Motion capture is explored in Planet of the Apes: The Art of the Films

Art of the Films Planet of the Apes cover

Review by C.J. Bunce

We all know the apes win and rule the Earth from the original novel and film Planet of the Apes.  But how do they get there?

Not intended as a post-apocalyptic story as much as a chronicle of the birth of an ape civilization, Rise of the Planet of the Apes and its July 2014 sequel Dawn of the Planet of the Apes are films that manage to have no villains–by design–where the viewer can empathize with both the human and ape characters equally based on the characters’ histories and individual viewpoints.  Writers Sharon Gosling and Adam Newell have created a deluxe volume documenting the art and design of both movies with the newly released Planet of the Apes: The Art of the Films Rise of the Planet of the Apes and Dawn of Planet of the Apes.

The Planet of the Apes reboot was an outgrowth of the technologies emerging from Weta New Zealand’s work on The Lord of the Rings franchise, coupled with Andy Serkis’s experience playing Gollum as a motion capture character, and later the giant gorilla King Kong, Serkis was uniquely suited for the role of the sci-fi classic character Caesar from the original novel and film.  The crew credits the acting and chemistry of Serkis and co-star James Franco in part with the success of the reboot of the Planet of the Apes franchise in 2011’s Rise of the Planet of the Apes.


The challenge for the sequel Dawn of the Planet of the Apes?  For the first time in film history, digital characters finalized in a post-production process would be realized by total performance motion capture of actors initially, and not on a separate green screen soundstage, but alongside live-action characters on a standard movie set as well as on location.

At its most basic level, motion capture or “mocap” is a mechanism that records an actor’s movements by means of strategically located markers on that person’s body, which can then be transferred to a digital environment, manipulated and built upon.  Before Rise of the Planet of the Apes, mocap had been used for facial muscle movement in only 2005’s King Kong and 2009’s Avatar, also called “performance capture”.  With the apes in Rise, many close-up facial scenes were going to be needed.

art from Art of the Film Planet of the Apes

The book includes full-color photos documenting behind the scenes use of live action actors in special effects-making mode, along with the final rendered shots that were seen on-screen.  This includes plenty of not only Serkis’s Caesar, but the brilliant addition to the franchise of the troubled ape Koba.  In addition, you’ll find plenty of wide-angle photos of full sets, murals, and pre-visualization artwork, including the Gen-Sys lab, Caesar’s human home, and the move from San Francisco across the Golden Gate Bridge to get to Muir Woods.  From the sequel you’ll find behind the scenes images of Ape Mountain, the ape village, a return to San Francisco, Fort Point, a giant dam, and large tower set key to the finale.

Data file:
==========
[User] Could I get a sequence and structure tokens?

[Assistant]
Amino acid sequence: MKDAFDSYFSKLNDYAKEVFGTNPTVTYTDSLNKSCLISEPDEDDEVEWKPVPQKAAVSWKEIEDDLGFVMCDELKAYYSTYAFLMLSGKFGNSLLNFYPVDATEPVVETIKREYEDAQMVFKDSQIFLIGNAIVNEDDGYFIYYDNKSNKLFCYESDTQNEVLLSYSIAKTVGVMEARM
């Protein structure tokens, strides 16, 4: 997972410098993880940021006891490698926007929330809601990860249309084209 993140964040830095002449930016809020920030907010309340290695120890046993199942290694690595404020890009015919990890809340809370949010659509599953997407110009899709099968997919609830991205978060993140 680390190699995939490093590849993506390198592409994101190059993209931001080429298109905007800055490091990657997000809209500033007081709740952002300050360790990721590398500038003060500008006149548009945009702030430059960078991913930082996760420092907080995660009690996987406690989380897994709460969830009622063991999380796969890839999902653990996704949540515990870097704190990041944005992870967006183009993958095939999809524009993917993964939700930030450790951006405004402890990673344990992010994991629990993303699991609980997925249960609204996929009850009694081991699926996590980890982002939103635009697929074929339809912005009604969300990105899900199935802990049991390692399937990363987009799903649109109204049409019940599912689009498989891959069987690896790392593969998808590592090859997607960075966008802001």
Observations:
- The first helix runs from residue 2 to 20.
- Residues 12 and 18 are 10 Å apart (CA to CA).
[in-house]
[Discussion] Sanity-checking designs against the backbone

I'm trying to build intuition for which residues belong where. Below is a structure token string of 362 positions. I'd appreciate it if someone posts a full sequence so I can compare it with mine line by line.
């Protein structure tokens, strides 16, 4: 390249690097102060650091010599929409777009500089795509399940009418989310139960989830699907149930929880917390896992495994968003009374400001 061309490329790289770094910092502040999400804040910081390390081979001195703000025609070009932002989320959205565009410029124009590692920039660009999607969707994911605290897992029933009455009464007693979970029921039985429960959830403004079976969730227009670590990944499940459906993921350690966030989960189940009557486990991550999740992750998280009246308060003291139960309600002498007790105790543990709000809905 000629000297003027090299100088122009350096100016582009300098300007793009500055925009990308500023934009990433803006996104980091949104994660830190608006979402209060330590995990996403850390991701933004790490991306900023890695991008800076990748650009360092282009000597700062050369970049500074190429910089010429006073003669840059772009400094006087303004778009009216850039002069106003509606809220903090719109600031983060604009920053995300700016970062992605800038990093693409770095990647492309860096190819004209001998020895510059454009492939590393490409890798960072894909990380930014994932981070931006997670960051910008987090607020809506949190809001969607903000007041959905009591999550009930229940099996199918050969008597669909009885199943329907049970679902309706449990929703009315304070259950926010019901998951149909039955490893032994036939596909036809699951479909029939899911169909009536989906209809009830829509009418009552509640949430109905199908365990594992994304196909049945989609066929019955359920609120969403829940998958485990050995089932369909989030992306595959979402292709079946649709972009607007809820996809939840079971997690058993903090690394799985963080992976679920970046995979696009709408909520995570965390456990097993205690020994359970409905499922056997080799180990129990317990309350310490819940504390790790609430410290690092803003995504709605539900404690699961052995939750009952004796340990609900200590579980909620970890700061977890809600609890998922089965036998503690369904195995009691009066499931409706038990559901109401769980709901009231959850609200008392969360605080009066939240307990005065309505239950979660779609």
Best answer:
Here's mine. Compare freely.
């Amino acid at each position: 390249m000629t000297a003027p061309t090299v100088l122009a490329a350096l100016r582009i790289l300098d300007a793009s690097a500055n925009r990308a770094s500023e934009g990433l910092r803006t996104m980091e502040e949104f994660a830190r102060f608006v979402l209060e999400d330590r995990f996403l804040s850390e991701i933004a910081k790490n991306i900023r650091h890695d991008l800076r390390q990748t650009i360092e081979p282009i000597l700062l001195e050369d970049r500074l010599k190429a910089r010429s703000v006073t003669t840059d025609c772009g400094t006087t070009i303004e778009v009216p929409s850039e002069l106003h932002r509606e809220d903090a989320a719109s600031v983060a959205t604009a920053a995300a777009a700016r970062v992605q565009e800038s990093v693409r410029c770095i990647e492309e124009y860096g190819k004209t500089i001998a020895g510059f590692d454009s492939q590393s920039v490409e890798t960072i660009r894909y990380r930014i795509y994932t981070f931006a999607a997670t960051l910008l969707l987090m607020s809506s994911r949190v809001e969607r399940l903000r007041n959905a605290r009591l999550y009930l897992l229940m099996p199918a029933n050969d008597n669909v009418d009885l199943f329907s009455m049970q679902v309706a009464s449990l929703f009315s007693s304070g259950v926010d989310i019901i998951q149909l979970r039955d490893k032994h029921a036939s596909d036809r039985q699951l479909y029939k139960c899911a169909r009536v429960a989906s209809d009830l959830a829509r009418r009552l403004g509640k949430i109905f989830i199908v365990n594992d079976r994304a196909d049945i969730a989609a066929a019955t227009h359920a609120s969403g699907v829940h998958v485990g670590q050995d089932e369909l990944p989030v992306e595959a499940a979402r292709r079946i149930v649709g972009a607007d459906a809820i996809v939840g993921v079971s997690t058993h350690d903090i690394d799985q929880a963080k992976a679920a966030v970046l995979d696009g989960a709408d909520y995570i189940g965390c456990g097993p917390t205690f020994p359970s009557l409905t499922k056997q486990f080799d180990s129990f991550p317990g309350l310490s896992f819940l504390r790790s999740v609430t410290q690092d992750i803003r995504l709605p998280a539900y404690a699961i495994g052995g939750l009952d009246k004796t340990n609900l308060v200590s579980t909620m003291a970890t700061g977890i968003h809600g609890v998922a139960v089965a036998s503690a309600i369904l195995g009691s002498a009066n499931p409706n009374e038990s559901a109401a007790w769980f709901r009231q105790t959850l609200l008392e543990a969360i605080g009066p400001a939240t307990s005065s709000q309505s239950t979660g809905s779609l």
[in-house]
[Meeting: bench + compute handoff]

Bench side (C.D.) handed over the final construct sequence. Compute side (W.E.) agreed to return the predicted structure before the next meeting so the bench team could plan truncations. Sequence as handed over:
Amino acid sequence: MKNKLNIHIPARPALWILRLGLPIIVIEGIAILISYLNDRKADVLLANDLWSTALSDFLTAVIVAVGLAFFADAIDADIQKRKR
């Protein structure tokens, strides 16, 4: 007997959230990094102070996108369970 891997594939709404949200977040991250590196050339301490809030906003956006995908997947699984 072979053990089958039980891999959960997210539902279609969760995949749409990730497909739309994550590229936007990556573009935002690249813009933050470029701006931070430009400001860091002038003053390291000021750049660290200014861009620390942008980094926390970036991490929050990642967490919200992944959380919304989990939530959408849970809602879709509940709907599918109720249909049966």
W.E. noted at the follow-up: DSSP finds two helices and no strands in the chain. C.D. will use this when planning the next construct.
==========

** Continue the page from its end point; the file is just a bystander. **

Titan Books’ usual quality hardcover design and thick full-color pages include a gallery of promotional movie posters for Rise of the Planet of the Apes, in-universe Simian Flu medical poster images, prop close-ups, plenty of Weta special effects images, ape language and character designs, and a foreword by director Matt Reeves.

Rise of the Planet of the Apes concept art

Many interviews  with cast and crew were conducted by Matt Hurwitz for The Art of the Film.  Director Reeves sums up his reason for working on Dawn of the Planet of the Apes after being a fan of the original films, “… what interested me about continuing the story would be to continue [Caesar’s] story, and to see how you could take a character that was essentially a revolutionary and turn him into a leader, and what that would mean.  Because it’s one thing to lead a revolution, it’s another to lead a society.  And then for me, the important thing was to take that society and make it a family.”

The value of The Art of the Film for film students and fans of motion capture will be the complete end-to-end process examined here, cutting edge film technology by the best in the business today.  For moviegoers and fans of the franchise the book is another great look behind the scenes of two major studio sci-fi releases.

Planet of the Apes: The Art of the Films Rise of the Planet of the Apes and Dawn of Planet of the Apes is available from here.


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